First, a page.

Jim said, "It was a difficult concert."
I had watched the hands and feet moving across the keyboards and pedals as if the organist were weightless. The discordant notes of Locklair's The Aeolian Sonata handled with power and confidence. Ragtime by Diemer which was written for pedals only was teased by the feet. The Bach Toccata was danced through with grace. The three parts of Larsen's Aspects of Glory were strange, yet joyous, and . . . .
"Yes." I agreed. "It WAS a difficult concert.
Then, Jim said. "We usually have only one or two difficult pieces on a program. We're not used to this."
AH. I understood. This was a difficult program for the AUDIENCE. Again. I agreed.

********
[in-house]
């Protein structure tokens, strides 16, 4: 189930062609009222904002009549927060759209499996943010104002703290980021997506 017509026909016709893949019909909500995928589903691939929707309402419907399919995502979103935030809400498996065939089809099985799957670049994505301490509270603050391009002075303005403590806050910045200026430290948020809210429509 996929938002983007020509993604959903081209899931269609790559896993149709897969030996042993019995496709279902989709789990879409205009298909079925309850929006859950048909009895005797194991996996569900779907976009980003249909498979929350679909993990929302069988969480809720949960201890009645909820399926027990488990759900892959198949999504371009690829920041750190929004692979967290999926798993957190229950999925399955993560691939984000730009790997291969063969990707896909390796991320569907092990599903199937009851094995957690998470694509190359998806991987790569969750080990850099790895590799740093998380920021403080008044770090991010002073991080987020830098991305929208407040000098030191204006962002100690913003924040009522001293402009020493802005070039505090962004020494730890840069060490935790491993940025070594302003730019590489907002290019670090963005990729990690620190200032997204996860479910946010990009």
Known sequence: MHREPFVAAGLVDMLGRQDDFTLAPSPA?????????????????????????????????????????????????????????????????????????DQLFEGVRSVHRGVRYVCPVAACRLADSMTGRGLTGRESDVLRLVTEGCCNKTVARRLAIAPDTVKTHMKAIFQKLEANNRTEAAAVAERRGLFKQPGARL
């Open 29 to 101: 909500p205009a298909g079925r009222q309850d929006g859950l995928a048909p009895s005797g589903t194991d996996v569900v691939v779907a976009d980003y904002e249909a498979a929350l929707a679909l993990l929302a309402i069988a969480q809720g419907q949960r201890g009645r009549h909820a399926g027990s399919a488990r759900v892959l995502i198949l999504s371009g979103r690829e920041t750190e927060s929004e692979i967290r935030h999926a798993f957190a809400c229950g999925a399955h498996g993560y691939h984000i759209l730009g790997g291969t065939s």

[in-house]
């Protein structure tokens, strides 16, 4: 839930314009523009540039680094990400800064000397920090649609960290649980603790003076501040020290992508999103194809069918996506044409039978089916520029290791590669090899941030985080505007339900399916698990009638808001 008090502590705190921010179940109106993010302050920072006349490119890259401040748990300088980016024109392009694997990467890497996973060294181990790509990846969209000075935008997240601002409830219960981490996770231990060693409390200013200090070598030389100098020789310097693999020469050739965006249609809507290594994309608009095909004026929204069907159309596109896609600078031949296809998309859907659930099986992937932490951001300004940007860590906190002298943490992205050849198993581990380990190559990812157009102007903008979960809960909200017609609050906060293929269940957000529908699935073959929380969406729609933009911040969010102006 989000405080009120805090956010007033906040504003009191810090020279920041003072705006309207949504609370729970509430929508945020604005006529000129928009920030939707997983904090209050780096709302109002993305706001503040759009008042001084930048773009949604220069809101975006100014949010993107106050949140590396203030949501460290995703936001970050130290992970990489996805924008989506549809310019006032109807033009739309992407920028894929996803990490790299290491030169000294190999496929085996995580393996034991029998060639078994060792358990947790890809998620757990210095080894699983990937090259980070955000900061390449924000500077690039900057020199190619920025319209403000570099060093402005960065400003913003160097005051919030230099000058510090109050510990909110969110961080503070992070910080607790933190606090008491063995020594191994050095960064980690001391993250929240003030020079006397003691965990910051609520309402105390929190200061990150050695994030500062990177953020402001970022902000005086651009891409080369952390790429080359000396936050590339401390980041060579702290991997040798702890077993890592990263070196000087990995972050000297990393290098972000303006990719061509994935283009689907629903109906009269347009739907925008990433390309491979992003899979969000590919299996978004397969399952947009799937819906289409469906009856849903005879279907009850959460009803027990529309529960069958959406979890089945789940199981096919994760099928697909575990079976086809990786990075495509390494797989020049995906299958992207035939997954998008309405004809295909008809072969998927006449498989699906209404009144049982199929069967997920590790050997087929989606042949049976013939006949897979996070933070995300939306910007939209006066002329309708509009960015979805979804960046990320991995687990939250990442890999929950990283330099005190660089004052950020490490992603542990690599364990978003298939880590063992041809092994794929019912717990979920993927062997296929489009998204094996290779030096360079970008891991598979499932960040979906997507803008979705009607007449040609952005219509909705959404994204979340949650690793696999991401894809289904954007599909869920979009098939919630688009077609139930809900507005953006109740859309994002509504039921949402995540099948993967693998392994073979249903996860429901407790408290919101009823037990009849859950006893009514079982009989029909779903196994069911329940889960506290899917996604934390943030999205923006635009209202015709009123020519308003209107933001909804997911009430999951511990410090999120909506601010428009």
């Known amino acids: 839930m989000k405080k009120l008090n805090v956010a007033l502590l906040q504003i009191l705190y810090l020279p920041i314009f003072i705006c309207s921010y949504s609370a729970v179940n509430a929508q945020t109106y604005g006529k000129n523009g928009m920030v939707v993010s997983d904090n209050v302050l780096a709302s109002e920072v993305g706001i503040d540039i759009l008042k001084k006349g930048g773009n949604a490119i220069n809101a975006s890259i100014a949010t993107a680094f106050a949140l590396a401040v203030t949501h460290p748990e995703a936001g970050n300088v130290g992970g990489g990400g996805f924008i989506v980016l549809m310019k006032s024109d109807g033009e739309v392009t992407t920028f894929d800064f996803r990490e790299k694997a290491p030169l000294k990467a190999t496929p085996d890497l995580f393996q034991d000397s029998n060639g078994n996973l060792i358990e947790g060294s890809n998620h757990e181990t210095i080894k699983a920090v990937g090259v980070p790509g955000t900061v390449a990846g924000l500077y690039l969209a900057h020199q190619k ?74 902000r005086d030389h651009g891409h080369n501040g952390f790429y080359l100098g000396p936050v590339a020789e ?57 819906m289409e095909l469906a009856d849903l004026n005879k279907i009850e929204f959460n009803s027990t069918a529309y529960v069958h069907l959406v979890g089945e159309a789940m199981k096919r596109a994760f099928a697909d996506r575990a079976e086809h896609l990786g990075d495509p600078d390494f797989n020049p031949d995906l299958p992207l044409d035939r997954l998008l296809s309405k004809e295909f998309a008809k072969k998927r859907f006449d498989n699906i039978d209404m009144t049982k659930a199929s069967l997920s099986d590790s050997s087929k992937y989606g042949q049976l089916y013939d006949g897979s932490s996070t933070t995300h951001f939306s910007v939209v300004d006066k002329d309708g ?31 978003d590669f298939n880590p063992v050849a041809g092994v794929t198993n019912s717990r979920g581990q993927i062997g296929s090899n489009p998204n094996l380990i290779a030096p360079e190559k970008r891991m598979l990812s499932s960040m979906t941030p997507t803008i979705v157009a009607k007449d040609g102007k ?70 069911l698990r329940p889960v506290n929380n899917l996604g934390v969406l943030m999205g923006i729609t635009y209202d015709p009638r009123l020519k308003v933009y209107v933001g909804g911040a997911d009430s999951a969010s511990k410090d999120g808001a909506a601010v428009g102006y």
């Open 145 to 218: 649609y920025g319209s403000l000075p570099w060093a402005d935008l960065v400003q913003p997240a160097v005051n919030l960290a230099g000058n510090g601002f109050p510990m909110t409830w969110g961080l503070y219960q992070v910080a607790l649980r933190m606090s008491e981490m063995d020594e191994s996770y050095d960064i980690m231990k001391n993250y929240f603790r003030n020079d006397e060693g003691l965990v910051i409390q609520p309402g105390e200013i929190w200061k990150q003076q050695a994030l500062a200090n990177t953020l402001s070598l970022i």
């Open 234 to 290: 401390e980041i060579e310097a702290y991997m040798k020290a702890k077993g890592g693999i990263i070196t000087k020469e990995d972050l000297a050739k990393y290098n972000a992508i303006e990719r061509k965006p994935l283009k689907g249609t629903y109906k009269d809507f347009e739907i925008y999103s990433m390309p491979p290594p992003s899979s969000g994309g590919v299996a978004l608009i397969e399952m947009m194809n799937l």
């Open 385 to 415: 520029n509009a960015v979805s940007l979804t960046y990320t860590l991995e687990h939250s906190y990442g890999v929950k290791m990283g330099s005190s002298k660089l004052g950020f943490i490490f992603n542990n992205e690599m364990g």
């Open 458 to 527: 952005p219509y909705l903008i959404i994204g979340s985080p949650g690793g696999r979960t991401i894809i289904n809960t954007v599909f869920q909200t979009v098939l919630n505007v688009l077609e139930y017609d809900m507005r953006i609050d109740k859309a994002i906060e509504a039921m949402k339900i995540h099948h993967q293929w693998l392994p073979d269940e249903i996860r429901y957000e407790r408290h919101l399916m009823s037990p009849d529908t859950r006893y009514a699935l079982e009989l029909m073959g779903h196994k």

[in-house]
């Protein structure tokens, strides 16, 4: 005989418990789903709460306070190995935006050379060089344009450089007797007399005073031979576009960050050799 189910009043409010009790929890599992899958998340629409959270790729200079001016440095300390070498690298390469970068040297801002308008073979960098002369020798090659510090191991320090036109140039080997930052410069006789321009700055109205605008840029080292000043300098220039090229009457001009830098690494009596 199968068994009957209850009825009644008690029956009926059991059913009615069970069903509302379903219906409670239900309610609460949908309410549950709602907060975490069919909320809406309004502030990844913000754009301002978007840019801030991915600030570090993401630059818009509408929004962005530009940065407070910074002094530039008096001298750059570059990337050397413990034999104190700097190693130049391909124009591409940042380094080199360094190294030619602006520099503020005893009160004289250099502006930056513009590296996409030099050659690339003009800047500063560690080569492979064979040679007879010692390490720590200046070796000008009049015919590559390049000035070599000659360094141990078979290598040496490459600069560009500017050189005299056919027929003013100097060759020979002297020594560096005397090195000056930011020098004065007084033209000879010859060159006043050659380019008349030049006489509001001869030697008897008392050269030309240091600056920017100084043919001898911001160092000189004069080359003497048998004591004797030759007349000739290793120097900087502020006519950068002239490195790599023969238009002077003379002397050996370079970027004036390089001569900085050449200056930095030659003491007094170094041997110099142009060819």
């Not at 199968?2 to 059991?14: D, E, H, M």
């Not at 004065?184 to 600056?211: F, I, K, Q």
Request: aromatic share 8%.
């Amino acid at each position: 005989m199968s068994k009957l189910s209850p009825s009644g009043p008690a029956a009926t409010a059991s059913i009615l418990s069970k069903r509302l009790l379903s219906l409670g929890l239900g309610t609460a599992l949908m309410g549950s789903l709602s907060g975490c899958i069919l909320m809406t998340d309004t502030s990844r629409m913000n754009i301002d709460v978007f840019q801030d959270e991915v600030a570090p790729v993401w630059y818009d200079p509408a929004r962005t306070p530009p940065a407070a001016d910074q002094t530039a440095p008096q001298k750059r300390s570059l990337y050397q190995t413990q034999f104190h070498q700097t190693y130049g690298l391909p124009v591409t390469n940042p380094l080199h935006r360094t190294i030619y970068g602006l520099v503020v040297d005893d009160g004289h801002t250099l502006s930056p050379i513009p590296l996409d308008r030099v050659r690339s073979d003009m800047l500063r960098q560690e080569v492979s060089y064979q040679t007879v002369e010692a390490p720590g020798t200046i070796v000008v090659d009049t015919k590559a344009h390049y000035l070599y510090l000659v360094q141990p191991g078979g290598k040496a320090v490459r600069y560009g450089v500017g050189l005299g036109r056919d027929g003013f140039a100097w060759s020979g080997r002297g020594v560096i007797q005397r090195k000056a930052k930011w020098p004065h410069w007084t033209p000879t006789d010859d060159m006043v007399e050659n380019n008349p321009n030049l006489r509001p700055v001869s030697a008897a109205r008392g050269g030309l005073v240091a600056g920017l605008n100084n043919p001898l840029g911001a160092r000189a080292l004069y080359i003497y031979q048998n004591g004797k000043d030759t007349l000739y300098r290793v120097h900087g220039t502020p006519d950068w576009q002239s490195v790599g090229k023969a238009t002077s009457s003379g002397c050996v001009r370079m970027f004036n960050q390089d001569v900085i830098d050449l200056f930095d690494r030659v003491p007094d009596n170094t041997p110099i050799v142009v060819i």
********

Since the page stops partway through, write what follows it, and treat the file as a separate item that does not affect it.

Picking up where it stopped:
W. David Lynch had had a great time in his performance while we struggled to listen. Indeed, he had said, "This was probably more fun for me than for you!" He did not play down to his notion of who the audience might be in this series of free concerts where his former student is the Music Director. He played what he knew and loved! For many of us, it was "Wow! I didn't understand some of it, but it was wonderful."
I wish I made paintings like that.
NOTE: W. David Lynch was presented as part of Concerts With A Cause at St. John United Methodist Church . The concerts are underwritten by donors and the Intermission offering goes to a local Cause.
Photo: Three Planes
A tickley throat and a cough meant I spent a portion of the concert in the foyer. "Three Planes" was shot with my iPhone through the glass door into the sanctuary reflecting the windows behind me and including the video screen which shows Mr. Lynch's hands.
BushStrokes (c) AAB